“Where there is love and inspiration, I don’t think you can go wrong.” Like her quote, Ella Fitzgerald’s legacy in music is all heart and grit. When people call her the “greatest singer on earth,” it is no exaggeration.
The iconic jazz singer overcame a tumultuous family life, financial troubles, and racial discrimination to get where she did. In 1958, she became the first African-American woman to win a Grammy for best individual jazz performance and best female vocal performance.
Queen Elizabeth II
In 2022, shortly before her passing away, Queen Elizabeth became the first British monarch to celebrate a platinum jubilee – 70 years on the throne and the country’s longest-reigning monarch.
Through social upheavals, recessions, or the will-they-won’t-they chaos of Brexit – the Queen remained a constant anchor. Her work and values are so highly-regarded that even anti-monarchists have little criticism. Ever diligent, present, and mindful of her royal duty, the Queen’s participation in and service to public life was real and tangible.
Rosa Parks made history on December 1, 1955, by refusing to give up her seat to a white passenger in deeply-segregated Montgomery, Alabama. She had no clue of what was to come.
Her quiet act of defiance inspired Black communities, igniting a 381-day boycott until the city repealed the law on bus segregation. But this was only one of her incredible achievements. She finished high school at a time when that was rare. Parks was already an active member of the NAACP. Her fateful arrest sparked the beginning of the Civil Rights Movement.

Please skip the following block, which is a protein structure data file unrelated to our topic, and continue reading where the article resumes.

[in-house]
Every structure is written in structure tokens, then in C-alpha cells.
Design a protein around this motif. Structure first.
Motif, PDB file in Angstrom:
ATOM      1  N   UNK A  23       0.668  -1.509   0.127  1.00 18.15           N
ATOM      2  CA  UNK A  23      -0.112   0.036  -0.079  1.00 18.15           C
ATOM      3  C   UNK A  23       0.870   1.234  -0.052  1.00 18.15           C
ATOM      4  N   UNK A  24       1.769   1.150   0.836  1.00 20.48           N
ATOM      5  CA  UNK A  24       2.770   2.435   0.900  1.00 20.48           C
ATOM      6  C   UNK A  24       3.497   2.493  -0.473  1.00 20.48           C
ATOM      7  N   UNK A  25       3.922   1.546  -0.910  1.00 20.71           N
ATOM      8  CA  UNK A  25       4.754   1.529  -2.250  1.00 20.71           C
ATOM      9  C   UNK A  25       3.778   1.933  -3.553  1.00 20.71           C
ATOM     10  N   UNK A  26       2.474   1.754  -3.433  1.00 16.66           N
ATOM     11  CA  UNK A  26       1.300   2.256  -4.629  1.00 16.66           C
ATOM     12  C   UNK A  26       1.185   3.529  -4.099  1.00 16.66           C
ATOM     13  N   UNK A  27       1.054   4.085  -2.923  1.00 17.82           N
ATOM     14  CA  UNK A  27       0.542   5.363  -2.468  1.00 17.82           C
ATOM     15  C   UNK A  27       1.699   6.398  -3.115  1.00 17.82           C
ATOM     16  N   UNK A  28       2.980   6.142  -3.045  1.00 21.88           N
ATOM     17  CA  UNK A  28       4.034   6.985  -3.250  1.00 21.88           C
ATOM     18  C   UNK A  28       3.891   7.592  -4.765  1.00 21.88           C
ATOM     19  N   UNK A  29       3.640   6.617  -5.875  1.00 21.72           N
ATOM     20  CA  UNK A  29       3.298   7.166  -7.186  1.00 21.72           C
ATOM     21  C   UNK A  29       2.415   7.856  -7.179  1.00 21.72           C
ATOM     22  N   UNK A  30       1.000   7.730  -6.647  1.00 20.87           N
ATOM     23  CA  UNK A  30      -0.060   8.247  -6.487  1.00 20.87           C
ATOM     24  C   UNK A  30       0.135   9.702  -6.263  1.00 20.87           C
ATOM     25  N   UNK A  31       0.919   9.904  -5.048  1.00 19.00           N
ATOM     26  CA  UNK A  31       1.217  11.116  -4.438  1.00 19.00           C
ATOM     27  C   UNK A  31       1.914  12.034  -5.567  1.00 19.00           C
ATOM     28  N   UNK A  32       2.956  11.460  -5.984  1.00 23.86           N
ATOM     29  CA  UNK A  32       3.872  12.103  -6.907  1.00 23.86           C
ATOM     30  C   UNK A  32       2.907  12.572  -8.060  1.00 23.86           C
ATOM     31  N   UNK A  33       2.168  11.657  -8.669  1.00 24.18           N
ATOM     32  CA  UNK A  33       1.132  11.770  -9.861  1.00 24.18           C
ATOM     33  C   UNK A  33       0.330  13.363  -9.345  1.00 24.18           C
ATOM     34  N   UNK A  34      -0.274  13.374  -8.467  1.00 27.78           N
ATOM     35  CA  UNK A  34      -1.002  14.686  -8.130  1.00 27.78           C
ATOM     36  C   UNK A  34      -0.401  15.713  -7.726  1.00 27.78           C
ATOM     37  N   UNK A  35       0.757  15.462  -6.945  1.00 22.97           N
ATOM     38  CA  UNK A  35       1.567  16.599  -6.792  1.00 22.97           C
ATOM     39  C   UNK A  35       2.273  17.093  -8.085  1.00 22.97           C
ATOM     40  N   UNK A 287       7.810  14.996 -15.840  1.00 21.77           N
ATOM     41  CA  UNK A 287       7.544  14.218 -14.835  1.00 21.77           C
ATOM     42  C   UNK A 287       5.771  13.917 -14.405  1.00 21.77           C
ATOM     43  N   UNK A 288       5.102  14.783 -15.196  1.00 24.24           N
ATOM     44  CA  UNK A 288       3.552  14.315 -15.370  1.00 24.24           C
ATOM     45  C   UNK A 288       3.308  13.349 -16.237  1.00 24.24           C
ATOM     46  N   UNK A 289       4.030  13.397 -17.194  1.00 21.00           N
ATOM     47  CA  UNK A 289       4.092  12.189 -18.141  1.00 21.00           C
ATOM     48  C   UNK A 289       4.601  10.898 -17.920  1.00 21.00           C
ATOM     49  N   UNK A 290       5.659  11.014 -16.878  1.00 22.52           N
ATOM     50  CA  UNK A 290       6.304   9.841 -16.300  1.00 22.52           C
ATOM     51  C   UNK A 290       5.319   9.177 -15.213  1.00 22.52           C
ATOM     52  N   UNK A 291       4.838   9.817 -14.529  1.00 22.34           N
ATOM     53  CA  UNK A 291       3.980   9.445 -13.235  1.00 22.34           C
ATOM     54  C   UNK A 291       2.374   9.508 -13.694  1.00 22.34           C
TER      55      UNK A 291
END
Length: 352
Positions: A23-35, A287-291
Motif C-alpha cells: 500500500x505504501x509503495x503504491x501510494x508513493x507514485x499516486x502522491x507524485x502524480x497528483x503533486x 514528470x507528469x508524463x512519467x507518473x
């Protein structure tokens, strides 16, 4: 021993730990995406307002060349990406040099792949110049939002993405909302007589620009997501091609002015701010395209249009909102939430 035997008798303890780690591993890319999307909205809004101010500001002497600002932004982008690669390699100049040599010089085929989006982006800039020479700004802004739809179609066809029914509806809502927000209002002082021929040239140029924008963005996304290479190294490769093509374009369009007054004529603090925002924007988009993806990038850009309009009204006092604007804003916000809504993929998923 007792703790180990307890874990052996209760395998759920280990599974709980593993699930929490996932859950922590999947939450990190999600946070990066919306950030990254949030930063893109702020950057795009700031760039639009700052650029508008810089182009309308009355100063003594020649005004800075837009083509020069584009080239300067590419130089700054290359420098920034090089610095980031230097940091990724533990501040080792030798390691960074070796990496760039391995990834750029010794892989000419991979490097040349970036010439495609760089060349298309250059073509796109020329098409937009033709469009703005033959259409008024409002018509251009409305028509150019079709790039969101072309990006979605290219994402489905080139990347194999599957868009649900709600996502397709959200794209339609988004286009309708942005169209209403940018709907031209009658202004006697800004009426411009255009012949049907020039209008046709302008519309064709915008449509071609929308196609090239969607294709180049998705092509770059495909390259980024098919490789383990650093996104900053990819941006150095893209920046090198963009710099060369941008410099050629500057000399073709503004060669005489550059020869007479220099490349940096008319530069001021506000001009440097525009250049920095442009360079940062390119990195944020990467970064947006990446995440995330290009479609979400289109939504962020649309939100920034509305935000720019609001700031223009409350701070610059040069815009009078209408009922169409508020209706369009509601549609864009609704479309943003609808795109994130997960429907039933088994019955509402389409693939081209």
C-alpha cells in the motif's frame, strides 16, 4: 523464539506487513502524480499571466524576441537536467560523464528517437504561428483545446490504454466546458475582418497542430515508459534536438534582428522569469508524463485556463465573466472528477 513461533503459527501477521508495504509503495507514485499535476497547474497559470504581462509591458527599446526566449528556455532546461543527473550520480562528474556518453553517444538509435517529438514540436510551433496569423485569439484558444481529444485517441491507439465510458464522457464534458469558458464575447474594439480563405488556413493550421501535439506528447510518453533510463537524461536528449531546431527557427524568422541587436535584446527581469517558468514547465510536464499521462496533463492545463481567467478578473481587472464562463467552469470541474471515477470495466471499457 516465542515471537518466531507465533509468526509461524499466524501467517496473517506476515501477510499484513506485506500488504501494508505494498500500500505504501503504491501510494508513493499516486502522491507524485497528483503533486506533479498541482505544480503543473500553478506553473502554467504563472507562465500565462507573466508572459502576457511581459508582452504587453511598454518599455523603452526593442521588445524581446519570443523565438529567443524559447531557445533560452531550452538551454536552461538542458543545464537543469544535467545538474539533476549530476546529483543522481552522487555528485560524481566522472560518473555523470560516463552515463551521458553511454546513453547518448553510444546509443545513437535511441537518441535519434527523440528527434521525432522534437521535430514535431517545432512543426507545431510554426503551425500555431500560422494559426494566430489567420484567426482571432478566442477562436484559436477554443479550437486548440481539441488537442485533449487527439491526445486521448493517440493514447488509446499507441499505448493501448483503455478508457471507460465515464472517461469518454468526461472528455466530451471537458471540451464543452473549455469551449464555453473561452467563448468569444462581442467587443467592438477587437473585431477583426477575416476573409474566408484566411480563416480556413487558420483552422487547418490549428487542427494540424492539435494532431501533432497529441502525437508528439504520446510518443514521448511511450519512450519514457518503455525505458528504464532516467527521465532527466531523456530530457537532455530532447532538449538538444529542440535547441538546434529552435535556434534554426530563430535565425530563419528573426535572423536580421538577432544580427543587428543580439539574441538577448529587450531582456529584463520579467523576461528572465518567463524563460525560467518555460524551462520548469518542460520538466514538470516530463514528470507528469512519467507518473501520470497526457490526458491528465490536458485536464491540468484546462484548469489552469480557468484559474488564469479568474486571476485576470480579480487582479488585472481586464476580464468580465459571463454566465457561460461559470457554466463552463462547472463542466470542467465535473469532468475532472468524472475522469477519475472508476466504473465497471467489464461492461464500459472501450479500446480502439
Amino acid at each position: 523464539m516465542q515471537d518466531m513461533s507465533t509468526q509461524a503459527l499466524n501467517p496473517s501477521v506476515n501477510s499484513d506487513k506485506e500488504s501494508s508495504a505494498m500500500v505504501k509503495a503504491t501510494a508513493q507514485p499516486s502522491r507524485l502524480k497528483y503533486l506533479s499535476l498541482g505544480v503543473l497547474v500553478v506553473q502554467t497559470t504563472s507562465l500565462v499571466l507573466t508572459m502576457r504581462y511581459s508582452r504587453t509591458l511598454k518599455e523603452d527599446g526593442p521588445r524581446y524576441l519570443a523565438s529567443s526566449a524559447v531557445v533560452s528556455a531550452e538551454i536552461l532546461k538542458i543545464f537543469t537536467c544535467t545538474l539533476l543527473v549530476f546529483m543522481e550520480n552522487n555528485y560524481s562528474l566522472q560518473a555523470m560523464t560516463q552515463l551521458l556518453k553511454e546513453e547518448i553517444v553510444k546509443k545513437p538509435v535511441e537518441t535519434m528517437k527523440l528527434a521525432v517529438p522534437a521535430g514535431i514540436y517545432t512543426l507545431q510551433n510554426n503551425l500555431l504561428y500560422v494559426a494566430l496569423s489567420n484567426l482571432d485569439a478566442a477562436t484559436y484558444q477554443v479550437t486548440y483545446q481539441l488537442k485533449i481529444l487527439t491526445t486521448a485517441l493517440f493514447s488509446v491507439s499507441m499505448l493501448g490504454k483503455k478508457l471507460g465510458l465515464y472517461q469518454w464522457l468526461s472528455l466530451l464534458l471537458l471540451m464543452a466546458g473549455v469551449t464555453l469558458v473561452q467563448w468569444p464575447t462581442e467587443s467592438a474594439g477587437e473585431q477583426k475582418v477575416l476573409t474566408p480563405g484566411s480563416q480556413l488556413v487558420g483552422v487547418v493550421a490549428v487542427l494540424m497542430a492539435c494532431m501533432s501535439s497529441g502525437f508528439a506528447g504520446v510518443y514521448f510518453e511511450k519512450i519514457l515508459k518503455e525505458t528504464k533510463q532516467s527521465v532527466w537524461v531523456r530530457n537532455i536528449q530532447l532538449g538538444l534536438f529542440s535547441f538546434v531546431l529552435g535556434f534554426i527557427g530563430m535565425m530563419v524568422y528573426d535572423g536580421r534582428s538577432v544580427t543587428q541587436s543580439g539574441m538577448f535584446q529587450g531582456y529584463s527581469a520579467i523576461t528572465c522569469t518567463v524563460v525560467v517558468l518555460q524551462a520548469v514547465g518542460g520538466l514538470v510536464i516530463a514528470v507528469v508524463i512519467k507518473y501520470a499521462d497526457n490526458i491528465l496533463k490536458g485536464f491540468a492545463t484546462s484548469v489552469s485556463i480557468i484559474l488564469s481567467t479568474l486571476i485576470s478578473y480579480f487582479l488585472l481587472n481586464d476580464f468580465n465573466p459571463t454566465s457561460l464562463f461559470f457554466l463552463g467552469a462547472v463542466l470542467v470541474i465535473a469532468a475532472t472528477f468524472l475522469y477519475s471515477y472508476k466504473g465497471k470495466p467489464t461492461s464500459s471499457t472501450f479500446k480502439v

Before Serena and Venus Williams, there was Althea Gibson. In 1951, Althea Gibson broke color barriers in tennis by becoming the first African-American player to compete in Wimbledon. The rough-and-tumble Gibson was an unlikely icon for tennis — a sport traditionally reserved for rich, white folks during the ’50s.
Gibson persisted despite growing up in a violent home and having no money, husband, or backing. She won the 1956 French Open title and became the first-African American Wimbledon champion in the tournament's 80-year history. Gibson was also the first to personally receive a trophy from Queen Elizabeth II.
In an era when discussions about women’s healthcare or family planning were taboo, Margaret Sanger dared to introduce the term “birth control.” Sanger was one of the most outspoken advocates for women’s reproductive rights in the early 20th century.
She opened a women’s health clinic and wrote numerous pamphlets to educate the public. Decades of research and effort culminated in her biggest achievement in 1960, when the FDA approved Enovid – the first oral contraceptive.